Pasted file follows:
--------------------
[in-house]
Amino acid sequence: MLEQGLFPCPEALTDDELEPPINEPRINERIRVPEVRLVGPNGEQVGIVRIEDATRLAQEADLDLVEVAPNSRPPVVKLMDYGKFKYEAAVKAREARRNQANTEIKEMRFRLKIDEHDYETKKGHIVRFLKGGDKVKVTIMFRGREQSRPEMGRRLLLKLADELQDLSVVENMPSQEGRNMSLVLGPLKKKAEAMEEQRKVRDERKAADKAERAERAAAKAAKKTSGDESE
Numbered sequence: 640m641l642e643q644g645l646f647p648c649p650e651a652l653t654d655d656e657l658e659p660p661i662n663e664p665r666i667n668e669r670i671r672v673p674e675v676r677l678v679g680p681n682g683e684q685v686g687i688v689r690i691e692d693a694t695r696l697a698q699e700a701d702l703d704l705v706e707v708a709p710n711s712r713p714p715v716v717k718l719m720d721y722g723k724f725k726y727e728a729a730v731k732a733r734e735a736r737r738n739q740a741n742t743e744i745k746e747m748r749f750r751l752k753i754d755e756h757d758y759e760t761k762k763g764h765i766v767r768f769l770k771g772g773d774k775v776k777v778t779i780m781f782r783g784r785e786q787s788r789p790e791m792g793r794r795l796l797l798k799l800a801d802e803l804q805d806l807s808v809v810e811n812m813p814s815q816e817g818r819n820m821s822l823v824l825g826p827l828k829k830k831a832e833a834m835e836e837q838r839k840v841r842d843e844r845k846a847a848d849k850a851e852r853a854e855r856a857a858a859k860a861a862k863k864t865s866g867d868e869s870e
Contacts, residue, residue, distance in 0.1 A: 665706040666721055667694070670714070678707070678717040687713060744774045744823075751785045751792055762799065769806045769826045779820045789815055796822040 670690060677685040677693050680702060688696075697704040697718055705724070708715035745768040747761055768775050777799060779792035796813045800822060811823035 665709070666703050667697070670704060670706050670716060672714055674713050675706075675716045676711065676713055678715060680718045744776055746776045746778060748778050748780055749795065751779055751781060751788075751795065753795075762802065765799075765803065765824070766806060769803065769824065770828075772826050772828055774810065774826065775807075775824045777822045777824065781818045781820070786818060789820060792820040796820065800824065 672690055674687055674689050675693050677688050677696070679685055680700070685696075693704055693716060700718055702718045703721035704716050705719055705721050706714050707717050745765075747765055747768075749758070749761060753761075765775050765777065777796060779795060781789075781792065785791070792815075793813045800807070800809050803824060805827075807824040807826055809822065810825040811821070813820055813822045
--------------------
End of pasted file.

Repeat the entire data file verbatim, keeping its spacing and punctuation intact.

[in-house]
Amino acid sequence: MLEQGLFPCPEALTDDELEPPINEPRINERIRVPEVRLVGPNGEQVGIVRIEDATRLAQEADLDLVEVAPNSRPPVVKLMDYGKFKYEAAVKAREARRNQANTEIKEMRFRLKIDEHDYETKKGHIVRFLKGGDKVKVTIMFRGREQSRPEMGRRLLLKLADELQDLSVVENMPSQEGRNMSLVLGPLKKKAEAMEEQRKVRDERKAADKAERAERAAAKAAKKTSGDESE
Numbered sequence: 640m641l642e643q644g645l646f647p648c649p650e651a652l653t654d655d656e657l658e659p660p661i662n663e664p665r666i667n668e669r670i671r672v673p674e675v676r677l678v679g680p681n682g683e684q685v686g687i688v689r690i691e692d693a694t695r696l697a698q699e700a701d702l703d704l705v706e707v708a709p710n711s712r713p714p715v716v717k718l719m720d721y722g723k724f725k726y727e728a729a730v731k732a733r734e735a736r737r738n739q740a741n742t743e744i745k746e747m748r749f750r751l752k753i754d755e756h757d758y759e760t761k762k763g764h765i766v767r768f769l770k771g772g773d774k775v776k777v778t779i780m781f782r783g784r785e786q787s788r789p790e791m792g793r794r795l796l797l798k799l800a801d802e803l804q805d806l807s808v809v810e811n812m813p814s815q816e817g818r819n820m821s822l823v824l825g826p827l828k829k830k831a832e833a834m835e836e837q838r839k840v841r842d843e844r845k846a847a848d849k850a851e852r853a854e855r856a857a858a859k860a861a862k863k864t865s866g867d868e869s870e
Contacts, residue, residue, distance in 0.1 A: 665706040666721055667694070670714070678707070678717040687713060744774045744823075751785045751792055762799065769806045769826045779820045789815055796822040 670690060677685040677693050680702060688696075697704040697718055705724070708715035745768040747761055768775050777799060779792035796813045800822060811823035 665709070666703050667697070670704060670706050670716060672714055674713050675706075675716045676711065676713055678715060680718045744776055746776045746778060748778050748780055749795065751779055751781060751788075751795065753795075762802065765799075765803065765824070766806060769803065769824065770828075772826050772828055774810065774826065775807075775824045777822045777824065781818045781820070786818060789820060792820040796820065800824065 672690055674687055674689050675693050677688050677696070679685055680700070685696075693704055693716060700718055702718045703721035704716050705719055705721050706714050707717050745765075747765055747768075749758070749761060753761075765775050765777065777796060779795060781789075781792065785791070792815075793813045800807070800809050803824060805827075807824040807826055809822065810825040811821070813820055813822045